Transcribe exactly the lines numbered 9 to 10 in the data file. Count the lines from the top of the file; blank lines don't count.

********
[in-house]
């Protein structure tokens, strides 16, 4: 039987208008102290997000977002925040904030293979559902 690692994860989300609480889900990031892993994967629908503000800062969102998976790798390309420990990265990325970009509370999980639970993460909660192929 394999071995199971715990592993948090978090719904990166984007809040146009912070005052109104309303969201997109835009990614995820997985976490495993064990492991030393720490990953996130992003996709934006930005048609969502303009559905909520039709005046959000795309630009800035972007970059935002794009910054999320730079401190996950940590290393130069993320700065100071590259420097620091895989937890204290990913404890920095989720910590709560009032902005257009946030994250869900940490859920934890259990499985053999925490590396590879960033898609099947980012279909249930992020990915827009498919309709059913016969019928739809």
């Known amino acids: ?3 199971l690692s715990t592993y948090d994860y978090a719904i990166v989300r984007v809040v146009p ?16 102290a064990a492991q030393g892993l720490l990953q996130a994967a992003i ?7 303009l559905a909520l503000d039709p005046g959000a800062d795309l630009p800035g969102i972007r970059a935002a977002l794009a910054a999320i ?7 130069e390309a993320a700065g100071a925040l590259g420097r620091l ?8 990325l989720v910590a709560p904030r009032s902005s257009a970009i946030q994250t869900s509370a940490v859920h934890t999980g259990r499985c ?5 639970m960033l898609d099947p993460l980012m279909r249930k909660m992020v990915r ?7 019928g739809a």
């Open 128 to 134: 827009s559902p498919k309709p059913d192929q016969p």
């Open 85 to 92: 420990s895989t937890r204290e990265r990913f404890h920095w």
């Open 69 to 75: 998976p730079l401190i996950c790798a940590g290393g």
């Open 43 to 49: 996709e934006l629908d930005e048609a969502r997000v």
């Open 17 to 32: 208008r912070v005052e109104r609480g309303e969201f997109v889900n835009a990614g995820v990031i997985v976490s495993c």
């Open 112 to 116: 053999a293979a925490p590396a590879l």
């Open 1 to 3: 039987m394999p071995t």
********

């Open 112 to 116: 053999a293979a925490p590396a590879l």
């Open 1 to 3: 039987m394999p071995t």